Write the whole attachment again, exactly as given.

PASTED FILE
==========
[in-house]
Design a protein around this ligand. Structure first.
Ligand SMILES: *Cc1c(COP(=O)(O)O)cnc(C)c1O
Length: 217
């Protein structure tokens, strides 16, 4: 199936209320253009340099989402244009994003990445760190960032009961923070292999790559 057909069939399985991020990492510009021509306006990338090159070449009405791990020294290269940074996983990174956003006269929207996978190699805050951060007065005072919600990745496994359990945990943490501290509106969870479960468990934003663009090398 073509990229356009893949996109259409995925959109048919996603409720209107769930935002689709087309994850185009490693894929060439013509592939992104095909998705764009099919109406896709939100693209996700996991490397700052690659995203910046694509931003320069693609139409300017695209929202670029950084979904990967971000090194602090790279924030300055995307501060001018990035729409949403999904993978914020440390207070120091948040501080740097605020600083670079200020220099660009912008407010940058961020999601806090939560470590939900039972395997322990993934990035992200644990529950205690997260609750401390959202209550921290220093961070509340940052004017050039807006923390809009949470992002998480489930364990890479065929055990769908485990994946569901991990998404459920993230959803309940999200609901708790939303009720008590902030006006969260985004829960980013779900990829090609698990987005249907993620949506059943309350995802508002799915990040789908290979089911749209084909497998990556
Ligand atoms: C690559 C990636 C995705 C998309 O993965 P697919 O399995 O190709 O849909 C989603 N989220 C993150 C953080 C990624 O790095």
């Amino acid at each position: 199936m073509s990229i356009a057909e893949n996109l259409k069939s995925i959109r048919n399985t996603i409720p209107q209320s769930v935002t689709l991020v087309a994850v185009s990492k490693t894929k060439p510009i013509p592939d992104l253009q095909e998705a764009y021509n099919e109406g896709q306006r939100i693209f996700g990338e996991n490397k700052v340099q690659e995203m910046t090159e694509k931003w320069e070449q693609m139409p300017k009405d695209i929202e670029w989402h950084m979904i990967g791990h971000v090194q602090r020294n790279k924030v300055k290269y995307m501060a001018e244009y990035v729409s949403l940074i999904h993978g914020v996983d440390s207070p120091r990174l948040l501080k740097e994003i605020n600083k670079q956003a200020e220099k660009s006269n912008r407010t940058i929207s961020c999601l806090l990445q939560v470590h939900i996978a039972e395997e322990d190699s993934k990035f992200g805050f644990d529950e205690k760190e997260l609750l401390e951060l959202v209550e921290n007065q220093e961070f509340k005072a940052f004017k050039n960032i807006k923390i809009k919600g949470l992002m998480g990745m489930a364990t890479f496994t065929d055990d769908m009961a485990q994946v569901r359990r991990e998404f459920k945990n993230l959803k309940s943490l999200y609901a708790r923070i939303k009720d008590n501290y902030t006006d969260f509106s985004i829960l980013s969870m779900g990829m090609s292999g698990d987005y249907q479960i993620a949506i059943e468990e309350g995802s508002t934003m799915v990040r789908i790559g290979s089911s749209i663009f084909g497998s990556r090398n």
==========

[in-house]
Design a protein around this ligand. Structure first.
Ligand SMILES: *Cc1c(COP(=O)(O)O)cnc(C)c1O
Length: 217
């Protein structure tokens, strides 16, 4: 199936209320253009340099989402244009994003990445760190960032009961923070292999790559 057909069939399985991020990492510009021509306006990338090159070449009405791990020294290269940074996983990174956003006269929207996978190699805050951060007065005072919600990745496994359990945990943490501290509106969870479960468990934003663009090398 073509990229356009893949996109259409995925959109048919996603409720209107769930935002689709087309994850185009490693894929060439013509592939992104095909998705764009099919109406896709939100693209996700996991490397700052690659995203910046694509931003320069693609139409300017695209929202670029950084979904990967971000090194602090790279924030300055995307501060001018990035729409949403999904993978914020440390207070120091948040501080740097605020600083670079200020220099660009912008407010940058961020999601806090939560470590939900039972395997322990993934990035992200644990529950205690997260609750401390959202209550921290220093961070509340940052004017050039807006923390809009949470992002998480489930364990890479065929055990769908485990994946569901991990998404459920993230959803309940999200609901708790939303009720008590902030006006969260985004829960980013779900990829090609698990987005249907993620949506059943309350995802508002799915990040789908290979089911749209084909497998990556
Ligand atoms: C690559 C990636 C995705 C998309 O993965 P697919 O399995 O190709 O849909 C989603 N989220 C993150 C953080 C990624 O790095």
């Amino acid at each position: 199936m073509s990229i356009a057909e893949n996109l259409k069939s995925i959109r048919n399985t996603i409720p209107q209320s769930v935002t689709l991020v087309a994850v185009s990492k490693t894929k060439p510009i013509p592939d992104l253009q095909e998705a764009y021509n099919e109406g896709q306006r939100i693209f996700g990338e996991n490397k700052v340099q690659e995203m910046t090159e694509k931003w320069e070449q693609m139409p300017k009405d695209i929202e670029w989402h950084m979904i990967g791990h971000v090194q602090r020294n790279k924030v300055k290269y995307m501060a001018e244009y990035v729409s949403l940074i999904h993978g914020v996983d440390s207070p120091r990174l948040l501080k740097e994003i605020n600083k670079q956003a200020e220099k660009s006269n912008r407010t940058i929207s961020c999601l806090l990445q939560v470590h939900i996978a039972e395997e322990d190699s993934k990035f992200g805050f644990d529950e205690k760190e997260l609750l401390e951060l959202v209550e921290n007065q220093e961070f509340k005072a940052f004017k050039n960032i807006k923390i809009k919600g949470l992002m998480g990745m489930a364990t890479f496994t065929d055990d769908m009961a485990q994946v569901r359990r991990e998404f459920k945990n993230l959803k309940s943490l999200y609901a708790r923070i939303k009720d008590n501290y902030t006006d969260f509106s985004i829960l980013s969870m779900g990829m090609s292999g698990d987005y249907q479960i993620a949506i059943e468990e309350g995802s508002t934003m799915v990040r789908i790559g290979s089911s749209i663009f084909g497998s990556r090398n």